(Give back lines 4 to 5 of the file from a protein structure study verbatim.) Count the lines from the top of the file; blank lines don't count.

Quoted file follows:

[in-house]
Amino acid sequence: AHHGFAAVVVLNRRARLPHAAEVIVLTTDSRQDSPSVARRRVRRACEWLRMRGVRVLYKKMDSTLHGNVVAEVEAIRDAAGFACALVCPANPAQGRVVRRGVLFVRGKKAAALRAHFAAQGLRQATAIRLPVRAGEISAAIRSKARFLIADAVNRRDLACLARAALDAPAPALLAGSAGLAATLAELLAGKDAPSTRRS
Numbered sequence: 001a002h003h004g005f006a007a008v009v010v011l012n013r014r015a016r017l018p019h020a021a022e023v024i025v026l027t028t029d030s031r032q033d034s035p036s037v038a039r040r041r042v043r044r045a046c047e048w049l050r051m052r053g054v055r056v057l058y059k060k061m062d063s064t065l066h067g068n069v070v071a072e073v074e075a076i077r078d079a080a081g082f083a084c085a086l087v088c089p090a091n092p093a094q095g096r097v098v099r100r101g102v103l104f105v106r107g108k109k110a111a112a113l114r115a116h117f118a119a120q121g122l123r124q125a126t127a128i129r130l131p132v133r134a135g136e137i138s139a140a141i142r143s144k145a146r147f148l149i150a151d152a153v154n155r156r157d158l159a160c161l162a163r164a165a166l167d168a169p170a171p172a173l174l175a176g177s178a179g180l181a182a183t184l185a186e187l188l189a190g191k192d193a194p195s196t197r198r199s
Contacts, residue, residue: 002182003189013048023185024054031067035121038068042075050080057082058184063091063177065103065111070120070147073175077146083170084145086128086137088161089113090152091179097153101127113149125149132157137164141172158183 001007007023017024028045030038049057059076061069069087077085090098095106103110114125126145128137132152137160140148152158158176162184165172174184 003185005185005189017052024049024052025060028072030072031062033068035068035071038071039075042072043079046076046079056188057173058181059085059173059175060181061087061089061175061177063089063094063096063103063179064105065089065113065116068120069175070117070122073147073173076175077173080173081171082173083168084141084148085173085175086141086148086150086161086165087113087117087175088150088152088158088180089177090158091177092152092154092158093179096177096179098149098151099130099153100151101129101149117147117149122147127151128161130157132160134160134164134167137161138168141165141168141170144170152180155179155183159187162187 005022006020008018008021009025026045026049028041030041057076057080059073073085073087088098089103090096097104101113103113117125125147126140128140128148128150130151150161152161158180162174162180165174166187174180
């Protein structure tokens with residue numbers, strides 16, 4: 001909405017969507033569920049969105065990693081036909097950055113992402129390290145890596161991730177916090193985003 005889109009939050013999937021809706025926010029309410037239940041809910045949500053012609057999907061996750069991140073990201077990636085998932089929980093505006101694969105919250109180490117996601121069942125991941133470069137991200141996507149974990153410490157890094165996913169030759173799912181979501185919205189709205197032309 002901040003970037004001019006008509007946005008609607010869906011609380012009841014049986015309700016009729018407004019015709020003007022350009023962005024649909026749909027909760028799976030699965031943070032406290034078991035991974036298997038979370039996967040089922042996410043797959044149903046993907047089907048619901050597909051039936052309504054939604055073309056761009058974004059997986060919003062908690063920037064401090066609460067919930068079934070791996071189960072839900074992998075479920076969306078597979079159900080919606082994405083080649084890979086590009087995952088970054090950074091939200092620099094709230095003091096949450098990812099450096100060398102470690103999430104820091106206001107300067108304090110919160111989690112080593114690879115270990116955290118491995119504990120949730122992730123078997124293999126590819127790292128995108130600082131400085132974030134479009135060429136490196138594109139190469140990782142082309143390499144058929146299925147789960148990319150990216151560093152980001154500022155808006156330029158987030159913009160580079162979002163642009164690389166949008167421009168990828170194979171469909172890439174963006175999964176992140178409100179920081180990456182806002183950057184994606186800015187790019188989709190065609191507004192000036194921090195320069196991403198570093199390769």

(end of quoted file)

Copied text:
Contacts, residue, residue: 002182003189013048023185024054031067035121038068042075050080057082058184063091063177065103065111070120070147073175077146083170084145086128086137088161089113090152091179097153101127113149125149132157137164141172158183 001007007023017024028045030038049057059076061069069087077085090098095106103110114125126145128137132152137160140148152158158176162184165172174184 003185005185005189017052024049024052025060028072030072031062033068035068035071038071039075042072043079046076046079056188057173058181059085059173059175060181061087061089061175061177063089063094063096063103063179064105065089065113065116068120069175070117070122073147073173076175077173080173081171082173083168084141084148085173085175086141086148086150086161086165087113087117087175088150088152088158088180089177090158091177092152092154092158093179096177096179098149098151099130099153100151101129101149117147117149122147127151128161130157132160134160134164134167137161138168141165141168141170144170152180155179155183159187162187 005022006020008018008021009025026045026049028041030041057076057080059073073085073087088098089103090096097104101113103113117125125147126140128140128148128150130151150161152161158180162174162180165174166187174180
């Protein structure tokens with residue numbers, strides 16, 4: 001909405017969507033569920049969105065990693081036909097950055113992402129390290145890596161991730177916090193985003 005889109009939050013999937021809706025926010029309410037239940041809910045949500053012609057999907061996750069991140073990201077990636085998932089929980093505006101694969105919250109180490117996601121069942125991941133470069137991200141996507149974990153410490157890094165996913169030759173799912181979501185919205189709205197032309 002901040003970037004001019006008509007946005008609607010869906011609380012009841014049986015309700016009729018407004019015709020003007022350009023962005024649909026749909027909760028799976030699965031943070032406290034078991035991974036298997038979370039996967040089922042996410043797959044149903046993907047089907048619901050597909051039936052309504054939604055073309056761009058974004059997986060919003062908690063920037064401090066609460067919930068079934070791996071189960072839900074992998075479920076969306078597979079159900080919606082994405083080649084890979086590009087995952088970054090950074091939200092620099094709230095003091096949450098990812099450096100060398102470690103999430104820091106206001107300067108304090110919160111989690112080593114690879115270990116955290118491995119504990120949730122992730123078997124293999126590819127790292128995108130600082131400085132974030134479009135060429136490196138594109139190469140990782142082309143390499144058929146299925147789960148990319150990216151560093152980001154500022155808006156330029158987030159913009160580079162979002163642009164690389166949008167421009168990828170194979171469909172890439174963006175999964176992140178409100179920081180990456182806002183950057184994606186800015187790019188989709190065609191507004192000036194921090195320069196991403198570093199390769």